GlaxoSmithKline has announced that the Committee for Medicinal Products for Human Use has recommended its synthetic dopamine agonist Adartrel (ropinirole) for the symptomatic treatment of moderate to severe idiopathic restless legs syndrome.
This could make Adartel the first widely available treatment for people in Europe suffering from the symptoms of RLS, a neurological movement disorder characterised by an uncontrollable urge to move the legs and painful or distressing sensations in the lower limbs. The agent, which has already obtained clearance for RLS in France, Switzerland, the USA (trade name Requip) and Australia (as Repreve), has been available since 1996 for the treatment of Parkinson’s disease.
Meanwhile, a patent covering GSK’s Retorivir (zidovudine) has ended. Not surprisingly, the news was welcomed by the AIDS Healthcare Foundation, which has urged the UK drug giant to do more in the fight against the disease, and vowed that it would continue its legal wrangle with the firm in a patent piracy lawsuit. AZT was first created with help from National Institutes of Health funding in 1964 as a potential cancer therapy, but GSK (then Burroughs Wellcome) obtained the patent on the drug in the 1980s and priced it, along with certain derivatives, well over competitive rates, according to the AHF. Consequently, GSK currently holds 40% of the lucrative US AIDS drug market, with the current worldwide market estimated at around $2 billion dollars a year.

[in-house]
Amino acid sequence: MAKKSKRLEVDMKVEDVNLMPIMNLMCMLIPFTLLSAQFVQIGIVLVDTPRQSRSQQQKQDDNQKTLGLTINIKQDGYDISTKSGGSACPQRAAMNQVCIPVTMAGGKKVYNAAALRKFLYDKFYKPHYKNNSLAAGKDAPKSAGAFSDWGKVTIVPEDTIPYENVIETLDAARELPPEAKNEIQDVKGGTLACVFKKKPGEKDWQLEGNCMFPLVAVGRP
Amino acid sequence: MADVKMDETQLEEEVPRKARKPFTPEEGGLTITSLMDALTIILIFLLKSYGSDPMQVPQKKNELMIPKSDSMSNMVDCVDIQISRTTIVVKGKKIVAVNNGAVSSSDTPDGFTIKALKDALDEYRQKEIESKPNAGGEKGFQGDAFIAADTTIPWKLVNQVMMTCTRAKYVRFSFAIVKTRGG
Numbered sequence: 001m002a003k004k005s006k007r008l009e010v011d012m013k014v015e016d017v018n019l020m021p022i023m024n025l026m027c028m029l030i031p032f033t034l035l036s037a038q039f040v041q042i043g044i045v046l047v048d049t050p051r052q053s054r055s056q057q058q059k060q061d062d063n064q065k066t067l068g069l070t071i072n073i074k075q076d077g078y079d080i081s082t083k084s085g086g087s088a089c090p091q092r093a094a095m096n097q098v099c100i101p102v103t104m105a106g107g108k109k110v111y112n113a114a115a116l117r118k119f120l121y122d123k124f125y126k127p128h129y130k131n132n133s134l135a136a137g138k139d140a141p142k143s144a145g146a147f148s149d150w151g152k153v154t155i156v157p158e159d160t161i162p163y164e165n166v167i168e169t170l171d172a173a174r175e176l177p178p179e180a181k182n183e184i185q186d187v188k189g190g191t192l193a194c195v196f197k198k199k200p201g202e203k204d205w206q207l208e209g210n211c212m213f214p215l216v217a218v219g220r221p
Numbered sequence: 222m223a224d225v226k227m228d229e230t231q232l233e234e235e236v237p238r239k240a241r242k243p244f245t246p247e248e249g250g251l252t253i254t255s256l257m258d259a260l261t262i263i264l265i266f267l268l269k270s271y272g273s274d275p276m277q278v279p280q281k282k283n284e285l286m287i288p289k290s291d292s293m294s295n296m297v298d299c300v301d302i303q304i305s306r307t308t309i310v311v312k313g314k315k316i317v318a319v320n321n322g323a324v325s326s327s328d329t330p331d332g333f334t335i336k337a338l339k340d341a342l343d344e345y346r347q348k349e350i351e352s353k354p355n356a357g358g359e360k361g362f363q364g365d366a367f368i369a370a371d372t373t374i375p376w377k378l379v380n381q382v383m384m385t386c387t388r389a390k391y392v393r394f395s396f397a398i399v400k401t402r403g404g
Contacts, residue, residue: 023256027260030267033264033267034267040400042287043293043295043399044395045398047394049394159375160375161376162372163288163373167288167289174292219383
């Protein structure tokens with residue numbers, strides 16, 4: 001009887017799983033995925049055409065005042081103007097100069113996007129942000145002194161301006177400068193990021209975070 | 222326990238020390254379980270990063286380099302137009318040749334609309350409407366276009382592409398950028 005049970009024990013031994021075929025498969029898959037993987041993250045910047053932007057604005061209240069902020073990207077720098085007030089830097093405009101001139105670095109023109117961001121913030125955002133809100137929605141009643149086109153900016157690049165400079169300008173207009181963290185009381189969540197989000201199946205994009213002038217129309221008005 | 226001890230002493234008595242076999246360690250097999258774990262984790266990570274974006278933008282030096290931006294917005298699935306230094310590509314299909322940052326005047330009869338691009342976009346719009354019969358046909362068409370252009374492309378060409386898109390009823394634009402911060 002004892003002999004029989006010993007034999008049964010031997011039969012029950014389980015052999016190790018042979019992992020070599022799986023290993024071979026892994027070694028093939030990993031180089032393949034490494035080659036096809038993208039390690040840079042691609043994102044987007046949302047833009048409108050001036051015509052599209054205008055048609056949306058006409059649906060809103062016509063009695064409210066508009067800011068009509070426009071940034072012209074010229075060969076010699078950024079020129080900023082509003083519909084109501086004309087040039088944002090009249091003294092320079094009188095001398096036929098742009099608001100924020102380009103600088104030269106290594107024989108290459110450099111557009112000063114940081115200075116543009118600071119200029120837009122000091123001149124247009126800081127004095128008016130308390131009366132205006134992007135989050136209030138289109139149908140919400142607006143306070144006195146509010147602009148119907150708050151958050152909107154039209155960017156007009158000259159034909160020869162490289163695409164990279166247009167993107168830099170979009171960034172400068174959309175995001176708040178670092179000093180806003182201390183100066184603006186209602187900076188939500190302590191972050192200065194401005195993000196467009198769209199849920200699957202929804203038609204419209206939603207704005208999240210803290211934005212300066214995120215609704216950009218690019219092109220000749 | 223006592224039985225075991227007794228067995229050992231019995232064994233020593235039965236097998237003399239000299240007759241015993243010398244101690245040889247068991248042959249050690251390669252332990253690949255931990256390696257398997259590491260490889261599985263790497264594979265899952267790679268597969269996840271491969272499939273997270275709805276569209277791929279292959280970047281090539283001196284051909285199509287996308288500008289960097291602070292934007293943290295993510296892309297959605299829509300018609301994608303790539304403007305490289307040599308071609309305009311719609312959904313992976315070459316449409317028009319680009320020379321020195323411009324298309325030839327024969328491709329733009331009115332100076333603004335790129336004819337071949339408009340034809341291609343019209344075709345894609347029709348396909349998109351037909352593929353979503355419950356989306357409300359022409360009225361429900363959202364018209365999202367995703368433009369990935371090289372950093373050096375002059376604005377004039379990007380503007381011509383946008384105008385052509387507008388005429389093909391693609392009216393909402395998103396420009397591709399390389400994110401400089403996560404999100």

“While we are happy to see the end of GSK’s patent protection for AZT, this development comes as too little, too late, particularly for a drug that GSK didn’t even invent,” stated Michael Weinstein, President of the AHF.